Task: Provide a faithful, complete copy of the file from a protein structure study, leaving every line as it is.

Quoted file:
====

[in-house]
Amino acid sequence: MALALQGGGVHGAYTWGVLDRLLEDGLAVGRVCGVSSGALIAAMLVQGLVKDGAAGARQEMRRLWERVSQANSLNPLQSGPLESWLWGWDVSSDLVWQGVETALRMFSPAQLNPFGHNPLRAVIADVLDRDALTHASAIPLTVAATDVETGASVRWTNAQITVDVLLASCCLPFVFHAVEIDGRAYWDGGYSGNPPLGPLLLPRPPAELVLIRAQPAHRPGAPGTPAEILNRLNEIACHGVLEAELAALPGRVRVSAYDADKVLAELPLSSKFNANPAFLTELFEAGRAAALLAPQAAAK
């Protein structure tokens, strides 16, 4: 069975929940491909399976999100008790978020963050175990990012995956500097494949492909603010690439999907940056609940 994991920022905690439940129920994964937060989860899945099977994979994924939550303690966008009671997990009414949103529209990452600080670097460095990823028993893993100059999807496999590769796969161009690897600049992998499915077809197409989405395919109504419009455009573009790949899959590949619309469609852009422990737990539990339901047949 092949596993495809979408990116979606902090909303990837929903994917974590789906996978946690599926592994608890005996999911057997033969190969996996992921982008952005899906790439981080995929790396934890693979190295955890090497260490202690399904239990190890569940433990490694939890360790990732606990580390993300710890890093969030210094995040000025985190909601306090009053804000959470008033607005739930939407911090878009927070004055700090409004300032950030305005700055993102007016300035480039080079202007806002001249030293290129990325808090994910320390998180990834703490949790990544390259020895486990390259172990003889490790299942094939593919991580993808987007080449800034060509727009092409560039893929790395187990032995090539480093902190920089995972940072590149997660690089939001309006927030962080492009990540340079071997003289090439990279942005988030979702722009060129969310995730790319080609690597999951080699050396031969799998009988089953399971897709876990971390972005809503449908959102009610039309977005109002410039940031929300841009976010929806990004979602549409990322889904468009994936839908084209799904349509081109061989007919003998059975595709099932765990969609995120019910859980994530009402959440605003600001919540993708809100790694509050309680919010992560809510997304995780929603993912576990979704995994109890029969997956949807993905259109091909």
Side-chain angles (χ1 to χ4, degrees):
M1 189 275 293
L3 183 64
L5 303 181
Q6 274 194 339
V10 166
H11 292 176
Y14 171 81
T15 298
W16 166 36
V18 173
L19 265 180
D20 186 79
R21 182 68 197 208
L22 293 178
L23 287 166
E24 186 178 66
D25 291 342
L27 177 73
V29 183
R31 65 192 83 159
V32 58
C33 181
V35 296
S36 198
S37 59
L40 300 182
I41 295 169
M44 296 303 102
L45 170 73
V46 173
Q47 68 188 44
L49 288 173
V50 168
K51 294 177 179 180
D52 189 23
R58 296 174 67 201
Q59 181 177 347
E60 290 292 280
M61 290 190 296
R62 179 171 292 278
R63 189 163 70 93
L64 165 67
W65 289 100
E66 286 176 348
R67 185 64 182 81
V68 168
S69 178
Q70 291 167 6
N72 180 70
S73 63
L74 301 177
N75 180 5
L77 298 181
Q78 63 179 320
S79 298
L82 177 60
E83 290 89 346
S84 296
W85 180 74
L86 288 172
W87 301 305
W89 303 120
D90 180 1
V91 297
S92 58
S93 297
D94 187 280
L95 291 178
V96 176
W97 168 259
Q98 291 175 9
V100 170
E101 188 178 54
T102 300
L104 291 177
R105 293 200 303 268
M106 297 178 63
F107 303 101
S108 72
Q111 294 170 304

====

[in-house]
Amino acid sequence: MALALQGGGVHGAYTWGVLDRLLEDGLAVGRVCGVSSGALIAAMLVQGLVKDGAAGARQEMRRLWERVSQANSLNPLQSGPLESWLWGWDVSSDLVWQGVETALRMFSPAQLNPFGHNPLRAVIADVLDRDALTHASAIPLTVAATDVETGASVRWTNAQITVDVLLASCCLPFVFHAVEIDGRAYWDGGYSGNPPLGPLLLPRPPAELVLIRAQPAHRPGAPGTPAEILNRLNEIACHGVLEAELAALPGRVRVSAYDADKVLAELPLSSKFNANPAFLTELFEAGRAAALLAPQAAAK
């Protein structure tokens, strides 16, 4: 069975929940491909399976999100008790978020963050175990990012995956500097494949492909603010690439999907940056609940 994991920022905690439940129920994964937060989860899945099977994979994924939550303690966008009671997990009414949103529209990452600080670097460095990823028993893993100059999807496999590769796969161009690897600049992998499915077809197409989405395919109504419009455009573009790949899959590949619309469609852009422990737990539990339901047949 092949596993495809979408990116979606902090909303990837929903994917974590789906996978946690599926592994608890005996999911057997033969190969996996992921982008952005899906790439981080995929790396934890693979190295955890090497260490202690399904239990190890569940433990490694939890360790990732606990580390993300710890890093969030210094995040000025985190909601306090009053804000959470008033607005739930939407911090878009927070004055700090409004300032950030305005700055993102007016300035480039080079202007806002001249030293290129990325808090994910320390998180990834703490949790990544390259020895486990390259172990003889490790299942094939593919991580993808987007080449800034060509727009092409560039893929790395187990032995090539480093902190920089995972940072590149997660690089939001309006927030962080492009990540340079071997003289090439990279942005988030979702722009060129969310995730790319080609690597999951080699050396031969799998009988089953399971897709876990971390972005809503449908959102009610039309977005109002410039940031929300841009976010929806990004979602549409990322889904468009994936839908084209799904349509081109061989007919003998059975595709099932765990969609995120019910859980994530009402959440605003600001919540993708809100790694509050309680919010992560809510997304995780929603993912576990979704995994109890029969997956949807993905259109091909």
Side-chain angles (χ1 to χ4, degrees):
M1 189 275 293
L3 183 64
L5 303 181
Q6 274 194 339
V10 166
H11 292 176
Y14 171 81
T15 298
W16 166 36
V18 173
L19 265 180
D20 186 79
R21 182 68 197 208
L22 293 178
L23 287 166
E24 186 178 66
D25 291 342
L27 177 73
V29 183
R31 65 192 83 159
V32 58
C33 181
V35 296
S36 198
S37 59
L40 300 182
I41 295 169
M44 296 303 102
L45 170 73
V46 173
Q47 68 188 44
L49 288 173
V50 168
K51 294 177 179 180
D52 189 23
R58 296 174 67 201
Q59 181 177 347
E60 290 292 280
M61 290 190 296
R62 179 171 292 278
R63 189 163 70 93
L64 165 67
W65 289 100
E66 286 176 348
R67 185 64 182 81
V68 168
S69 178
Q70 291 167 6
N72 180 70
S73 63
L74 301 177
N75 180 5
L77 298 181
Q78 63 179 320
S79 298
L82 177 60
E83 290 89 346
S84 296
W85 180 74
L86 288 172
W87 301 305
W89 303 120
D90 180 1
V91 297
S92 58
S93 297
D94 187 280
L95 291 178
V96 176
W97 168 259
Q98 291 175 9
V100 170
E101 188 178 54
T102 300
L104 291 177
R105 293 200 303 268
M106 297 178 63
F107 303 101
S108 72
Q111 294 170 304